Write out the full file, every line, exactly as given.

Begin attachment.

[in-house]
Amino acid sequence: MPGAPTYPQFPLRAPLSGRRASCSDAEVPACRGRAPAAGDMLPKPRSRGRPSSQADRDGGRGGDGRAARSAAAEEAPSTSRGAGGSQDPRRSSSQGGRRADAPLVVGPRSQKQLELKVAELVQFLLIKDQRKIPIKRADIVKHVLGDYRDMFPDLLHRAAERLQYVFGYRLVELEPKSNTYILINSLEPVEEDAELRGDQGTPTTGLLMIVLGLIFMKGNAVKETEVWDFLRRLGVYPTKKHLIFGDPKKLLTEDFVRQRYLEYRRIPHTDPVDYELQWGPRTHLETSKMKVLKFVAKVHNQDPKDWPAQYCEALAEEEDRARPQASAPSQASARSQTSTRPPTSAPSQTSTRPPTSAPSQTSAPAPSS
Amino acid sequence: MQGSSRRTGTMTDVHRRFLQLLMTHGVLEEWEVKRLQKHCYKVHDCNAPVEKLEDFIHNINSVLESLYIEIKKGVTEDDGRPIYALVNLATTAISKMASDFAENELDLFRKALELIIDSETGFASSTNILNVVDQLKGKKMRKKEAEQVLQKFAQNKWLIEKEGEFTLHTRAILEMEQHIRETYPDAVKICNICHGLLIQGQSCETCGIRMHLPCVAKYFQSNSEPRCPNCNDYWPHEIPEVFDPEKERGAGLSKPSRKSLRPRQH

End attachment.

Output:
[in-house]
Amino acid sequence: MPGAPTYPQFPLRAPLSGRRASCSDAEVPACRGRAPAAGDMLPKPRSRGRPSSQADRDGGRGGDGRAARSAAAEEAPSTSRGAGGSQDPRRSSSQGGRRADAPLVVGPRSQKQLELKVAELVQFLLIKDQRKIPIKRADIVKHVLGDYRDMFPDLLHRAAERLQYVFGYRLVELEPKSNTYILINSLEPVEEDAELRGDQGTPTTGLLMIVLGLIFMKGNAVKETEVWDFLRRLGVYPTKKHLIFGDPKKLLTEDFVRQRYLEYRRIPHTDPVDYELQWGPRTHLETSKMKVLKFVAKVHNQDPKDWPAQYCEALAEEEDRARPQASAPSQASARSQTSTRPPTSAPSQTSTRPPTSAPSQTSAPAPSS
Amino acid sequence: MQGSSRRTGTMTDVHRRFLQLLMTHGVLEEWEVKRLQKHCYKVHDCNAPVEKLEDFIHNINSVLESLYIEIKKGVTEDDGRPIYALVNLATTAISKMASDFAENELDLFRKALELIIDSETGFASSTNILNVVDQLKGKKMRKKEAEQVLQKFAQNKWLIEKEGEFTLHTRAILEMEQHIRETYPDAVKICNICHGLLIQGQSCETCGIRMHLPCVAKYFQSNSEPRCPNCNDYWPHEIPEVFDPEKERGAGLSKPSRKSLRPRQH